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North Cascades National Park

A hiker and tent are illuminated by a headlamp at dusk in an alpine landscape

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If it's solitude you're after, it's hard to top North Cascades National Park as a getaway destination. Though it is only three hours from Seattle, the park is among the least visited of the national parks. Alpine peaks and lakes abound in the North Cascades, and more than 300 glaciers can be seen in the highest reaches of the park. Though there are modern lodging options in the surrounding areas, visitors to the park itself primarily resort to campsites or wilderness camping. Due to its backcountry nature, North Cascades is most popular among backpackers, climbers, and other adventurers.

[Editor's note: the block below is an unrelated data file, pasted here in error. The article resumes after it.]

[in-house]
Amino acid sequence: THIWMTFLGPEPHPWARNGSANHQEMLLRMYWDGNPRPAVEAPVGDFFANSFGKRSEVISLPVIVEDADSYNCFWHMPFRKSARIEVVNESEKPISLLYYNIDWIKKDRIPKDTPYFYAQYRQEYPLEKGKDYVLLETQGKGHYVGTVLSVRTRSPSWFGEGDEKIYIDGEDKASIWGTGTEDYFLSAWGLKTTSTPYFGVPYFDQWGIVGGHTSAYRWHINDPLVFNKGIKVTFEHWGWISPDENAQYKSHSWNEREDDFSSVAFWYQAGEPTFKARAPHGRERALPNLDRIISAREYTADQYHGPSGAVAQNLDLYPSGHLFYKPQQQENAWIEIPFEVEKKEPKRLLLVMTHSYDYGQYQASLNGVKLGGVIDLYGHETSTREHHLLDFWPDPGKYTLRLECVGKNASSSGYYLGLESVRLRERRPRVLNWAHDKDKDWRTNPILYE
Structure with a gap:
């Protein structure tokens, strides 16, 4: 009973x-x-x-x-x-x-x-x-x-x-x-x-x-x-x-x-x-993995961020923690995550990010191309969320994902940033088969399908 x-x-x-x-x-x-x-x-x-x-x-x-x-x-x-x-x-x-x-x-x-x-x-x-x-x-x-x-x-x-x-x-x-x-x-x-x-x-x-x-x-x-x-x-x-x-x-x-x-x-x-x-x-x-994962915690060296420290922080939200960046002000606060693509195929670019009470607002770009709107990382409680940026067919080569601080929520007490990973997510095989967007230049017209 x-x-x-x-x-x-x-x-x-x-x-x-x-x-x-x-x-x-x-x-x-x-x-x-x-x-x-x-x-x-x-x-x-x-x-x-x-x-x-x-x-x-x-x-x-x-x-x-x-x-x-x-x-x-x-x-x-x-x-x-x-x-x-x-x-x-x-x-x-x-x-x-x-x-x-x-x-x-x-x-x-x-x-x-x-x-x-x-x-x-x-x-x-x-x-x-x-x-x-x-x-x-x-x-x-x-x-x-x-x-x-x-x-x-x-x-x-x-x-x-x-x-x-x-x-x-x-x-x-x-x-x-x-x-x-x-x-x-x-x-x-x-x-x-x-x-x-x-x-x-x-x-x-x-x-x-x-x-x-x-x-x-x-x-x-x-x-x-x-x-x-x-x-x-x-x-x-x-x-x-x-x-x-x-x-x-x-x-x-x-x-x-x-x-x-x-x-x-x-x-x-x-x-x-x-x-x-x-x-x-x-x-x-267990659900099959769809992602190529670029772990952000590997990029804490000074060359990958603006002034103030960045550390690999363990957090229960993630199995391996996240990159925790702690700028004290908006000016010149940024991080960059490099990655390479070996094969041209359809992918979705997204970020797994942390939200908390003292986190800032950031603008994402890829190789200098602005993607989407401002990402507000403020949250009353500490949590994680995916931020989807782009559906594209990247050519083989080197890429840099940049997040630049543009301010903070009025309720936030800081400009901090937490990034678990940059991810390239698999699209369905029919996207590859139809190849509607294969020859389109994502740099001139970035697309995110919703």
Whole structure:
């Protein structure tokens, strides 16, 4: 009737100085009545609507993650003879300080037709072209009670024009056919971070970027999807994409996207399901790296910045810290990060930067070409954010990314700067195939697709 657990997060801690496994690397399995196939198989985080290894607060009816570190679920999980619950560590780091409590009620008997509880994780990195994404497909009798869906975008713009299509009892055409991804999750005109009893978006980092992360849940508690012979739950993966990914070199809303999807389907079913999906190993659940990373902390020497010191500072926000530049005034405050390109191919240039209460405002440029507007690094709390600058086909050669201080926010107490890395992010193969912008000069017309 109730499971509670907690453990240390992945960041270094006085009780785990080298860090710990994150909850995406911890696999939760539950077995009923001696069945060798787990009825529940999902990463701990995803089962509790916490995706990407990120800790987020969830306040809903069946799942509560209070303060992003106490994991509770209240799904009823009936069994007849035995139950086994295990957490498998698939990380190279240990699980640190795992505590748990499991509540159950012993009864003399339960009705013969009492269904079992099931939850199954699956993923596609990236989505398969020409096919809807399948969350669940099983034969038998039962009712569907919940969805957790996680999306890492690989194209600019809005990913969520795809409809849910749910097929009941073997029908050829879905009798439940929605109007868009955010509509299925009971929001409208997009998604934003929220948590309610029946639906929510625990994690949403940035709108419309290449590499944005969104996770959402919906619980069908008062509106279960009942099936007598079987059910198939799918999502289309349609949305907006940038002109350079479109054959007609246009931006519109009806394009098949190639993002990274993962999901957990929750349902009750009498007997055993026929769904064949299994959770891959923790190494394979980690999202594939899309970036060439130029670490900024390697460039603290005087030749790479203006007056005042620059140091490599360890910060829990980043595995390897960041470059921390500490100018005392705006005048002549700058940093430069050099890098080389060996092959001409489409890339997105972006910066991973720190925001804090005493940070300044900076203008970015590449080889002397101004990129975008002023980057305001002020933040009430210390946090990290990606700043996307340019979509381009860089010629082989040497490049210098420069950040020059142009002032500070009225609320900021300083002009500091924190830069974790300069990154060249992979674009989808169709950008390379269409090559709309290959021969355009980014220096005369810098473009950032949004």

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Presidio of San Francisco

A gravel pathway winding through a thick forest

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Though it's not technically a national park, the Presidio of San Francisco is operated by the National Park Service. The 1,500-acre reserve sits on the north side of San Francisco, just south of the Golden Gate Bridge, and features beaches, hiking trails, historic landmarks, and sculptures by renowned artist Andy Goldsworthy. 

For couples, the most obvious attraction is perhaps Lover's Lane, a tree-lined path that leads back to the city. The Presidio was once a military post, and lore has it that Lover's Lane was the most direct route for soldiers to get to San Francisco to visit family or friends.